I did a talk at the Dallas Oracle Users Group Technical Training Day which was held on Oct 20th. The title was My Favorite Scripts and basically talked through some of the scripts I use most often and logged on to a system and showed how they work. I promised I would upload the presentation and a zip file here. So here you go.
It’s general knowledge that the Oracle database is ACID compliant, and that SCNs or ‘system change numbers’ are at the heart of this mechanism. This blogpost dives into the details of how the Oracle engine uses these numbers.
Oracle database version 18.104.22.168.161018
Operating system version: OL 7.2, kernel: 4.1.12-61.1.14.el7uek.x86_64 (UEK4)
Doesn't matter if we are working on a new technology or something we are very family with. When we encounter tricky situations, sometimes neither we could find things in the manuals nor could find any useful references.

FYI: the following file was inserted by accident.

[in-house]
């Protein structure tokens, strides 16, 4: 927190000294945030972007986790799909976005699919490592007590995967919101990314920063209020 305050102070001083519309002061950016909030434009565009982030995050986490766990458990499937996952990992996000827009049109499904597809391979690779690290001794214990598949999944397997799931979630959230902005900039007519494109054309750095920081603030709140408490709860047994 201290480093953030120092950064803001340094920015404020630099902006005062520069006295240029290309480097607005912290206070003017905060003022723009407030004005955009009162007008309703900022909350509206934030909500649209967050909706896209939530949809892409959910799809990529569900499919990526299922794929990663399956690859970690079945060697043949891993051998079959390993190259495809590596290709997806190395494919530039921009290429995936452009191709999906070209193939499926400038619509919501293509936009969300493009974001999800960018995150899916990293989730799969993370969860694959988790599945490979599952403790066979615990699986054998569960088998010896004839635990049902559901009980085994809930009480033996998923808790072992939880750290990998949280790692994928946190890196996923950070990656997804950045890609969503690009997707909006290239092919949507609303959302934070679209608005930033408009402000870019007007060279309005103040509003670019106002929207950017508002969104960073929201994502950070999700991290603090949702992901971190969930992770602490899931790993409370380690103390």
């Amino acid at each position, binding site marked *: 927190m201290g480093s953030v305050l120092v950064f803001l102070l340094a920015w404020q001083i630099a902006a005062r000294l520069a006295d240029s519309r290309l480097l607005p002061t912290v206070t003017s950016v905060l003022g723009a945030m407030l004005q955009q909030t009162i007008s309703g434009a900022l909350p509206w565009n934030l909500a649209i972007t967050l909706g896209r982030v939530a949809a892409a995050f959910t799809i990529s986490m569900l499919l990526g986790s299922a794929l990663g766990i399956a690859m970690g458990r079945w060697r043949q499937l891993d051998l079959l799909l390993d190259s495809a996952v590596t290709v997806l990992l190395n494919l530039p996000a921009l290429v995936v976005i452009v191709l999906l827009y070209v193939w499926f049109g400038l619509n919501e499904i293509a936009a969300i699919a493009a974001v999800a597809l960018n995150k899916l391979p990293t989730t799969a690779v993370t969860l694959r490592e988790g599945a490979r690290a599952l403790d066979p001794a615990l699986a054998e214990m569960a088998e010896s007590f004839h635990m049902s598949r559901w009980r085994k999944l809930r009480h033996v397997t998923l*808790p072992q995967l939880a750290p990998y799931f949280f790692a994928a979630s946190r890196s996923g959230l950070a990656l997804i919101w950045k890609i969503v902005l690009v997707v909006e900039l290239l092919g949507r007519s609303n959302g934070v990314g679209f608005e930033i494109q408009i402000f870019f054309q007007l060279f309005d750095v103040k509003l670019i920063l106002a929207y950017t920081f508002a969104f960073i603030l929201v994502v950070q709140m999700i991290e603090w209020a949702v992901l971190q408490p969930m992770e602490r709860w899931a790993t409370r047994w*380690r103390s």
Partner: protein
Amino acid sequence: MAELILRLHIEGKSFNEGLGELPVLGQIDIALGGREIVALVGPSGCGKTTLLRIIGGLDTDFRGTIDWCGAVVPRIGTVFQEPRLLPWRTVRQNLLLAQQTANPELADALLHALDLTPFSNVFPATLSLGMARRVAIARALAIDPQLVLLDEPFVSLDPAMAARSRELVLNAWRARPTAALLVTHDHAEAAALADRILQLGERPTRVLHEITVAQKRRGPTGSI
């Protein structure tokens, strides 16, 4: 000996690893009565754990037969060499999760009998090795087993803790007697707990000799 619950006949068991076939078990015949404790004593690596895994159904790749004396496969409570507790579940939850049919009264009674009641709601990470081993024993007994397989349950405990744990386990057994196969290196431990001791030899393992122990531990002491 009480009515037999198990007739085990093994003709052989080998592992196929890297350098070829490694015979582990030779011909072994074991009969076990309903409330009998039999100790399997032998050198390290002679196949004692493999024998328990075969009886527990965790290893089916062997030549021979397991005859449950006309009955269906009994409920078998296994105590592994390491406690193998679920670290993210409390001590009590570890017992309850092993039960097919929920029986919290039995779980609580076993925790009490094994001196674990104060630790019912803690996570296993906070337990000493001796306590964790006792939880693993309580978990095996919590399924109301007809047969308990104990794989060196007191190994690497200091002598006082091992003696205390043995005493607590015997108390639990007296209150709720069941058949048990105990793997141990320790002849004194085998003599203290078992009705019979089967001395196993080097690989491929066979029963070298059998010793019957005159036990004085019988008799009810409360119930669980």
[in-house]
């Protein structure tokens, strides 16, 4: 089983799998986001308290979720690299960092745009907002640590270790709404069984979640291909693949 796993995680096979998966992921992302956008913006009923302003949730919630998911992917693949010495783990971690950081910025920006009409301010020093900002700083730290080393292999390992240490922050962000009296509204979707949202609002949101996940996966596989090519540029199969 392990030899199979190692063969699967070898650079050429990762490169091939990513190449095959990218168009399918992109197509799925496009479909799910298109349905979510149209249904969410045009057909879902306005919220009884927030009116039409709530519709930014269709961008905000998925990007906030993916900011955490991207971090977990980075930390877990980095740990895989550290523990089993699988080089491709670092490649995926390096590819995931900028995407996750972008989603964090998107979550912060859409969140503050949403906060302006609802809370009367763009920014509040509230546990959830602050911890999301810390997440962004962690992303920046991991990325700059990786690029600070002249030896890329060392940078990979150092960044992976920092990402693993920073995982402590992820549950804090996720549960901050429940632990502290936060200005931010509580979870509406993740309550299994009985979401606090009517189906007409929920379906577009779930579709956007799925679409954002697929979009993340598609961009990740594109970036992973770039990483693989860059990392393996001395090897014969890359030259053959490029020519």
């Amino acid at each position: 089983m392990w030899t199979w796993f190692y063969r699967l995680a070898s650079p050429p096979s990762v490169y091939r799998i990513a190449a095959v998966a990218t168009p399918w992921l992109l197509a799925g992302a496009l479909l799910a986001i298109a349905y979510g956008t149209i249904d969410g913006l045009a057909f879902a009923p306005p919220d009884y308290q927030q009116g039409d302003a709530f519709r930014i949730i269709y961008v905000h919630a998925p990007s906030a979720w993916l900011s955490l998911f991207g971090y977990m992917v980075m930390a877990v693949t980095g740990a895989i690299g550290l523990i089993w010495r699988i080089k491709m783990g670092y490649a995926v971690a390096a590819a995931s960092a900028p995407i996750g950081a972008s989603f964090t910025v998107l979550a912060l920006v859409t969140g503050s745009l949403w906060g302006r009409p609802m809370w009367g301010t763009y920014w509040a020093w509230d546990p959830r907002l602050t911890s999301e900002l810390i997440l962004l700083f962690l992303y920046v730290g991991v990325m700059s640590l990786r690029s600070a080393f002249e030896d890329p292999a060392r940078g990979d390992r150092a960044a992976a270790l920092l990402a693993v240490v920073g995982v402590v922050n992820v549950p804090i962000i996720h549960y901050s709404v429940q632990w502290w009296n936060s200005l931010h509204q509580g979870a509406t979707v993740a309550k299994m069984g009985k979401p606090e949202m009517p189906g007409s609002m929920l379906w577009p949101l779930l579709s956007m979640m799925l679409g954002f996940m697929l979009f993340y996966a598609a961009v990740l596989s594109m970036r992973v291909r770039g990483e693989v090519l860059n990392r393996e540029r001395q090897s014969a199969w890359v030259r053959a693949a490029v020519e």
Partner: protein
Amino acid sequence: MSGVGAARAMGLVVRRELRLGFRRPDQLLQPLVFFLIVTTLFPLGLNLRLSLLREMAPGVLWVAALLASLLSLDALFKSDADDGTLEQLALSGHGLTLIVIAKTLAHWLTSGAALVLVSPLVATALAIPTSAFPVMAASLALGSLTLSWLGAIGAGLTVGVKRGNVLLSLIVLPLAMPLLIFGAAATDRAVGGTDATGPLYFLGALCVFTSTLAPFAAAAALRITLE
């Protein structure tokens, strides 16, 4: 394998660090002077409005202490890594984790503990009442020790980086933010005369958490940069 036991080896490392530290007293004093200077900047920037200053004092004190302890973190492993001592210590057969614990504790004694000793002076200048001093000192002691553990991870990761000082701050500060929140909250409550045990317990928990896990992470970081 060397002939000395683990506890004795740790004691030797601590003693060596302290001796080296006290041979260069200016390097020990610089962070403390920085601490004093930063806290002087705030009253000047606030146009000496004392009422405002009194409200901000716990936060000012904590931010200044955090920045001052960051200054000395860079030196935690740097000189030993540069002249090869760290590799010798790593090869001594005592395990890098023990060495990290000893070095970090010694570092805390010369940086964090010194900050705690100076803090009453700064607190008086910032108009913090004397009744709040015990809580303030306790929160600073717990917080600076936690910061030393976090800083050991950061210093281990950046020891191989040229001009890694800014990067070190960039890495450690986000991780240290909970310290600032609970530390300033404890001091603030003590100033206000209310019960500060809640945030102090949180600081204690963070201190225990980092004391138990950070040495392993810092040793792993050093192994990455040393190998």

style="font-weight: 400;">On October 20th
href="https://cloudplatform.googleblog.com/2016/10/introducing-Coldline-and-a-unified-platform-for-data-storage.html">Google announced a major refresh of their Cloud Storage. Included in the refresh are four new storage classes: Multi-regional, Regional, Nearline and Coldline.
The other day I was running an upgrade for a client that is using ACLs ( Access Control Lists) from 22.214.171.124 to 126.96.36.199. If you have been doing upgrades to 12c, you know that when running the catctl.pl -n 4 catupgrd.sql it entails 73 steps. So this upgrade failed in step 65 with the following error (I have trimmed the output for reading purposes) :